Wednesday, September 1, 2010

Ingurgitate - Bleeding His Sacred Kingship (2005)

Because killing us all in the previous year wasn't enough for the Texans Ingurgitate, they decided they would exhume our now rested corpses, prop them up into some semblance of normal existence, and then brutally slaughter us all once more, this time with an even more densely focused narrative of uncomfortable brutality which excels in brickhouse pit rhythms far more than its predecessor, the loathsome lasso of Blackest Origins. The stops have been pulled out, the chainsaw taken off its hook in the shed and the targeted towards once more towards the constructive destruction of Christian imagery. I can only imagine the level of wanton confession this band would require to compensate for such an act as Bleeding His Sacred Kingship, but I don't really think they care. Better to rule in Hell, after all, right, pardner?

From the minute "I Have Created" issues forth from your speakers, those very same audio heralds will hate your guts, because Ingurgitate is so deep and disgusting here that they will rattle your rig apart at the very metallic and plastic seams. Truly, this is about as unfriendly as an album can get, with thick bass lines and darkened guitar tones that surge and thrust across the more brash performance of the drums. Like Devourment, the band can utter forth an ugly breakdown, but never dull, and I found the overall riffing skills superior as they rend and tear listener flesh like starving Satanic dire-buzzards. This album is even shorter than the debut, clocking in at a total of 22 minutes, but these are 22 minutes in which you will barely have time to break the surface of bloodied, shocked bodies as you drown in the viscera of "The Weight of Your Sins", "Whoreson" or the tense and tight "Twisting Prophetic Revelation".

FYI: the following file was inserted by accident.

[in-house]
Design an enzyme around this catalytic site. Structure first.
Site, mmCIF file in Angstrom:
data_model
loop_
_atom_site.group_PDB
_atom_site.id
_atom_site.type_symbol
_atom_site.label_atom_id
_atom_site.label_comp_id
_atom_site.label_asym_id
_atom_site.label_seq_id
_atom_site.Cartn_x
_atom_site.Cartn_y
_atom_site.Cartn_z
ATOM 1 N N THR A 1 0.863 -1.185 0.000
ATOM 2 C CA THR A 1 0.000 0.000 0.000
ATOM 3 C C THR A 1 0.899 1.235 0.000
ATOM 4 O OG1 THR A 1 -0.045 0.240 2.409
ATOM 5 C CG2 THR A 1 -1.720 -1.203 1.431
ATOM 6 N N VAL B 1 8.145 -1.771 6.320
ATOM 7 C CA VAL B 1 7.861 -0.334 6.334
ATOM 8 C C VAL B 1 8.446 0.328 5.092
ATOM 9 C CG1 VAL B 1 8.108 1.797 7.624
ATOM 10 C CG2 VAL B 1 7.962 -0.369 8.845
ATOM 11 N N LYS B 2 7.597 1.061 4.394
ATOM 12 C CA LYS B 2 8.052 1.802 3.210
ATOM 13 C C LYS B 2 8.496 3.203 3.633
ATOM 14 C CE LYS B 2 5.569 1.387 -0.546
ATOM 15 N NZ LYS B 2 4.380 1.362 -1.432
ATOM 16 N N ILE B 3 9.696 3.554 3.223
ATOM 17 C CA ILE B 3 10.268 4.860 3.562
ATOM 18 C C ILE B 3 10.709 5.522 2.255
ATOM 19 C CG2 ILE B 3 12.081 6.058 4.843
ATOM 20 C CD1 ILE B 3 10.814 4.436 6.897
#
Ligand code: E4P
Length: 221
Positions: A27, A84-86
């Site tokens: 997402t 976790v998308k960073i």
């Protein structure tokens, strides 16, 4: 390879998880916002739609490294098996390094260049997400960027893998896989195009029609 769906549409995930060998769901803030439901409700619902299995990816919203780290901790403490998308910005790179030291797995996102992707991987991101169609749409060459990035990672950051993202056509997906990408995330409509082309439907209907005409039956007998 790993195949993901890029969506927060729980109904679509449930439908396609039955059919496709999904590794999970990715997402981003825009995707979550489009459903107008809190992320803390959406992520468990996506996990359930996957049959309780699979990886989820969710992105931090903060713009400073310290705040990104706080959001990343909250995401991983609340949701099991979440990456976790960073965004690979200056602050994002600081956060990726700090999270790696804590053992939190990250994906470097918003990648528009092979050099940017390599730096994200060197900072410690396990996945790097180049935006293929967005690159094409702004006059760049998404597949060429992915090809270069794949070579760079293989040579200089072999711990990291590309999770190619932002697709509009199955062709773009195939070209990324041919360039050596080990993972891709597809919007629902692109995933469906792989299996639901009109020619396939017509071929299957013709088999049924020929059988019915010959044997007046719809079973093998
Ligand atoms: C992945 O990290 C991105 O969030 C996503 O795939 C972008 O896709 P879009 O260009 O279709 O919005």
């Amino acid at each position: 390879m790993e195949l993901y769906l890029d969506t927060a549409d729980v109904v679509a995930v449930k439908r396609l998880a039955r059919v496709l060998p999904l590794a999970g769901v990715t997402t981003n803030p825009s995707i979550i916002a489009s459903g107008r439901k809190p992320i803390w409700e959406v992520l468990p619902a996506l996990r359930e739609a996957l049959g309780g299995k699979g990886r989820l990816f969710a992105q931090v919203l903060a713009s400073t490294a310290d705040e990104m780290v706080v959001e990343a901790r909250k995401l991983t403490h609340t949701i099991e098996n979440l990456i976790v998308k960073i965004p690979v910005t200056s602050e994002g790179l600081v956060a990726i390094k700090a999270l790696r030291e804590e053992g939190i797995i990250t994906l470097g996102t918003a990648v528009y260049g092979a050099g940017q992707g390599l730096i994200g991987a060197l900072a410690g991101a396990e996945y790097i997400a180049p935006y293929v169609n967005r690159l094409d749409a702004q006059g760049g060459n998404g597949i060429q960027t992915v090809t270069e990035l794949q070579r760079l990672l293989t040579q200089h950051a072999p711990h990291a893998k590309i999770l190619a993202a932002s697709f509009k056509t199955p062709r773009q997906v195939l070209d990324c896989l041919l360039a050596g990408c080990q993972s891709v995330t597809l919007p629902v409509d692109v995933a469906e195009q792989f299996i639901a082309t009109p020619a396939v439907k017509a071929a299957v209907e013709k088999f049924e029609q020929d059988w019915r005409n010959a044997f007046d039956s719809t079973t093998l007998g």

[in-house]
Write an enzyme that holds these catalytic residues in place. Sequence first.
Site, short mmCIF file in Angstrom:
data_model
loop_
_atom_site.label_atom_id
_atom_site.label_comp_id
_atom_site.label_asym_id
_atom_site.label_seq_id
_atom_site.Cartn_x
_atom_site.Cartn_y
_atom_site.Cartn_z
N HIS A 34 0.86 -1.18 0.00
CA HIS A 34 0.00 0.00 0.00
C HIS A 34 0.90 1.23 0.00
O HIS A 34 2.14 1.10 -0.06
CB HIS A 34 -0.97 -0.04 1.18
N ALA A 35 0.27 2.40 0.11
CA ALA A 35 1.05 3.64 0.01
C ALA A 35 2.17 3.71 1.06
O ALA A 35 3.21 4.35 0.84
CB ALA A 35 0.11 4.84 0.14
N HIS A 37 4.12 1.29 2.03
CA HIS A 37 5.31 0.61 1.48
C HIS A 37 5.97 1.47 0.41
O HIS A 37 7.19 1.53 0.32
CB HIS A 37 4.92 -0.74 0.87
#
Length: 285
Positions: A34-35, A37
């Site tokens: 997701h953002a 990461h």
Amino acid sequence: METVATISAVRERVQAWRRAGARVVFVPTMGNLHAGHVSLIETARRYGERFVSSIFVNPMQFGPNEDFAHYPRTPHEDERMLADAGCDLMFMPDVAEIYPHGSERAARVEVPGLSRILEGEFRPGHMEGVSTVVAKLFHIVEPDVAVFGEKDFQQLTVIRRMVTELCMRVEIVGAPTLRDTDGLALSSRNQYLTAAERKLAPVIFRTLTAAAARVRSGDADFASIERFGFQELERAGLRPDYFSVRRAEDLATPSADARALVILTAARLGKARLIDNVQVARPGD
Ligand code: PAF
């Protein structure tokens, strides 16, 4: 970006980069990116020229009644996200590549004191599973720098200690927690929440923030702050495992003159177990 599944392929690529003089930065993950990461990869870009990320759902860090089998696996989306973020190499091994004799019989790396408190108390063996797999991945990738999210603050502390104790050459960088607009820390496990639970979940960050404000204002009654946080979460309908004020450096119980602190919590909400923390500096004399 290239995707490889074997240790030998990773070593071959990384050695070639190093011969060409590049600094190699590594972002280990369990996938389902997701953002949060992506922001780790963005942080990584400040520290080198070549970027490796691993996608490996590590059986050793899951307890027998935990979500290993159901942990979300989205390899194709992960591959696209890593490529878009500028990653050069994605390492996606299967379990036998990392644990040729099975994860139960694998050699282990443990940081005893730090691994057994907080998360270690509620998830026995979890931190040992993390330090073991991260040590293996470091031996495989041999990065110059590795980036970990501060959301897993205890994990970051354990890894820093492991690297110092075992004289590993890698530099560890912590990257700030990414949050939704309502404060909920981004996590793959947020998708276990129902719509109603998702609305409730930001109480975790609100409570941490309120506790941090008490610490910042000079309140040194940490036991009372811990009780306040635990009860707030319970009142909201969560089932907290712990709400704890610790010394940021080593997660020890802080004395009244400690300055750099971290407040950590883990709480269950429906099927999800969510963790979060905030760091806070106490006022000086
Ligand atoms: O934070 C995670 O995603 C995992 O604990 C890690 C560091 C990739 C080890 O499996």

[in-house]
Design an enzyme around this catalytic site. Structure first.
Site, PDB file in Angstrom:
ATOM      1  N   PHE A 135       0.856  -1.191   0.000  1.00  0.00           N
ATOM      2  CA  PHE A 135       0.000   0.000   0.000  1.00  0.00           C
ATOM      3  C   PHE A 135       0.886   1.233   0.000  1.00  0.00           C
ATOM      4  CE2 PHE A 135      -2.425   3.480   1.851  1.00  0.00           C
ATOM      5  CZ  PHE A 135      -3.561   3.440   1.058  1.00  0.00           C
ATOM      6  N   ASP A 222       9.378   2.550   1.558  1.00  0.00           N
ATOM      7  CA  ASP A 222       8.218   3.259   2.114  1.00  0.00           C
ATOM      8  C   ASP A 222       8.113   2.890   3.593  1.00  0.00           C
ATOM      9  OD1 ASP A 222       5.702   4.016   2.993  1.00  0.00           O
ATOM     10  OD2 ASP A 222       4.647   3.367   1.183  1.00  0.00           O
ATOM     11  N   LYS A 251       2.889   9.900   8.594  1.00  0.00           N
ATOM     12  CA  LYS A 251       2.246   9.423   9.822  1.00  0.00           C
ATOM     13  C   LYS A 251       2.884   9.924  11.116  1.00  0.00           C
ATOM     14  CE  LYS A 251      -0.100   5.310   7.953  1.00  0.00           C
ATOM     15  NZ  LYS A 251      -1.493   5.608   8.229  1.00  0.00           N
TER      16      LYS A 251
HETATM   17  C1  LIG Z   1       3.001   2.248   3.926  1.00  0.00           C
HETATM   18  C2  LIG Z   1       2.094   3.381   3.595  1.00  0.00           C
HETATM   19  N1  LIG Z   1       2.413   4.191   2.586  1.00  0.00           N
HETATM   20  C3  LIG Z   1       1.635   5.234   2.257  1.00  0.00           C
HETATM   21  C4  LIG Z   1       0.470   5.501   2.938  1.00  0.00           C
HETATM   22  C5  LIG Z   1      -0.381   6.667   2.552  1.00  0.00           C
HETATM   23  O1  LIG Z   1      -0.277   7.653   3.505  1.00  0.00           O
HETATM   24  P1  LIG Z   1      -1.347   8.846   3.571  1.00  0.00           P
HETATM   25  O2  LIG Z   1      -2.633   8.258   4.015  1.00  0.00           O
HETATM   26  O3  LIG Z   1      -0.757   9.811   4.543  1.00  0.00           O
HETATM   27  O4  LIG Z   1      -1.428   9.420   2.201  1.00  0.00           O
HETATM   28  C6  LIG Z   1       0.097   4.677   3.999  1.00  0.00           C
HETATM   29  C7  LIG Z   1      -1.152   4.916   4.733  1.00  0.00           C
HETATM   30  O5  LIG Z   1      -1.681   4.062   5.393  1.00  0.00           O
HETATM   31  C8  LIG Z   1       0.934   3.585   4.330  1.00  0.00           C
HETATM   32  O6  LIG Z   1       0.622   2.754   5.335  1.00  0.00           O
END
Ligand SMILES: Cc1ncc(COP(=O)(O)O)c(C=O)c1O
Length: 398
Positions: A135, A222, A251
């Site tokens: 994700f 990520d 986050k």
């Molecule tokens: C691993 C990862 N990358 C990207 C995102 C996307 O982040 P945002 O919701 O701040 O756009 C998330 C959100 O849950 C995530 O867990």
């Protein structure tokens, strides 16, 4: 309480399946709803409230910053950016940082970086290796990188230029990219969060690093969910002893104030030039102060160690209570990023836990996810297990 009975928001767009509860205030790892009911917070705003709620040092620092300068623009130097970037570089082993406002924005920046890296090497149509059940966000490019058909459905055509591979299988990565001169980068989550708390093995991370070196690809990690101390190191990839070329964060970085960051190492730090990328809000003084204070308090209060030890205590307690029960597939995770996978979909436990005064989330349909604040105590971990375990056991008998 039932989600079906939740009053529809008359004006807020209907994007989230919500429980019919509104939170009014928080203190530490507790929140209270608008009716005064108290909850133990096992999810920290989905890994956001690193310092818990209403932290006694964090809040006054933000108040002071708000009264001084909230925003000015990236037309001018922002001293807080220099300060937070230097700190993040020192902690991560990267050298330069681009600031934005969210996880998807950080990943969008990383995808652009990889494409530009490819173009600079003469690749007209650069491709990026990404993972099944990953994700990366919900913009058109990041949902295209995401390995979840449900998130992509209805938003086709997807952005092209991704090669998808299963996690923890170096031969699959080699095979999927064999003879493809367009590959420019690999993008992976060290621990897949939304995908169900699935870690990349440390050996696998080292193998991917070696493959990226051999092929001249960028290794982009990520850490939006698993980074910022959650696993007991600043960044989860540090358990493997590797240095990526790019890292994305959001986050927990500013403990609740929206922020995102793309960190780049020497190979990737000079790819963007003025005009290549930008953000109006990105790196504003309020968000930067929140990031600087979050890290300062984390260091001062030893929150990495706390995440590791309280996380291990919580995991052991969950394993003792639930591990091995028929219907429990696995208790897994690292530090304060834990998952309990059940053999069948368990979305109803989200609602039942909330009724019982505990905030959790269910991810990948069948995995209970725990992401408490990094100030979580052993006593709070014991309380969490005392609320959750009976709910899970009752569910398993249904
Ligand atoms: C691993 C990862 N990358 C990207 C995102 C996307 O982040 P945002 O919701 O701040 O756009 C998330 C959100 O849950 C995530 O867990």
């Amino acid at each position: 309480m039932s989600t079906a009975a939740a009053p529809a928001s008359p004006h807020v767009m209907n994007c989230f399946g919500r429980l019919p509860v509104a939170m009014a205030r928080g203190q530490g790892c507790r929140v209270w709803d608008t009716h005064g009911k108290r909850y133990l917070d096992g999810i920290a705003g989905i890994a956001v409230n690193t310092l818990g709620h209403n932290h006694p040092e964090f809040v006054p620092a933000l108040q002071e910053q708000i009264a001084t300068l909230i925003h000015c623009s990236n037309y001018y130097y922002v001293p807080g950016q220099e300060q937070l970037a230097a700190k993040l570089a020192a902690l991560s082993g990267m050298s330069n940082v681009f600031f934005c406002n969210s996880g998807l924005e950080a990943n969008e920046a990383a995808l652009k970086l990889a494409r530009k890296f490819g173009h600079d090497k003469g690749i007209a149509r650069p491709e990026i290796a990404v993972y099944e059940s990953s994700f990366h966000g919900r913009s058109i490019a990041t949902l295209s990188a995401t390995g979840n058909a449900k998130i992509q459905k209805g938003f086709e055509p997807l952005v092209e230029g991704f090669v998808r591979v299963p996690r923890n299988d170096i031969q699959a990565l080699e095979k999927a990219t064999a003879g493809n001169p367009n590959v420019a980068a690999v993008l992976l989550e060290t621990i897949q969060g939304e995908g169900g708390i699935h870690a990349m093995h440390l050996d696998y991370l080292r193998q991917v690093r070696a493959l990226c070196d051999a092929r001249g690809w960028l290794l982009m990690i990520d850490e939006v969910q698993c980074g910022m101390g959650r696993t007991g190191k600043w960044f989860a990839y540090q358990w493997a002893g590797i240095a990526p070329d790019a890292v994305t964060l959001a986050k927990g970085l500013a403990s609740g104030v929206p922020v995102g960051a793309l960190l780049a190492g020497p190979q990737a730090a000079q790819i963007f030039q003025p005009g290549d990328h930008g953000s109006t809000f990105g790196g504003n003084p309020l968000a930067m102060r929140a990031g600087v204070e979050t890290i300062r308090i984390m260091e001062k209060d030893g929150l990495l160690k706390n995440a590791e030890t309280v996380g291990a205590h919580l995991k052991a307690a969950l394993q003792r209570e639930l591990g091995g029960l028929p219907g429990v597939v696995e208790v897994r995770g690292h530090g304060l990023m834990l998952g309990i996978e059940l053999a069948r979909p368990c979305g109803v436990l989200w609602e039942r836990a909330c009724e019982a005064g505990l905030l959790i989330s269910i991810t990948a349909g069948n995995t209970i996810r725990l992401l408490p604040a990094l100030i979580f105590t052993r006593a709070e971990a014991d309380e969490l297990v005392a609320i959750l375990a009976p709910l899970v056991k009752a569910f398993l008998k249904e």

The band rarely takes a break unless you're dealing with the shredded intro to "Only the Voiceless", or the haunting ambiance that alights "Consecration in Black Flames" or the bonus track "A Burial for the Exalted" (on the 2008 reissue through Ossuary Industries), but this is welcome, because Bleeding his Sacred Kingship is true to its sanguinary, blasphemous intentions, a slab of sheer entertainment that is so fun and energetic that it almost escapes any trace of criticism on those grounds alone. The riffs are better, the grooves better, and the sheer force of it will knock you out of your seat, and while the buck stops just below true greatness, after tossing the unfortunate rider, this is one of the finest individual death metal records I've heard out of Texas. Don't expect to lock horns with it and survive for long.

Verdict: Win [8/10] (condemned to pain)

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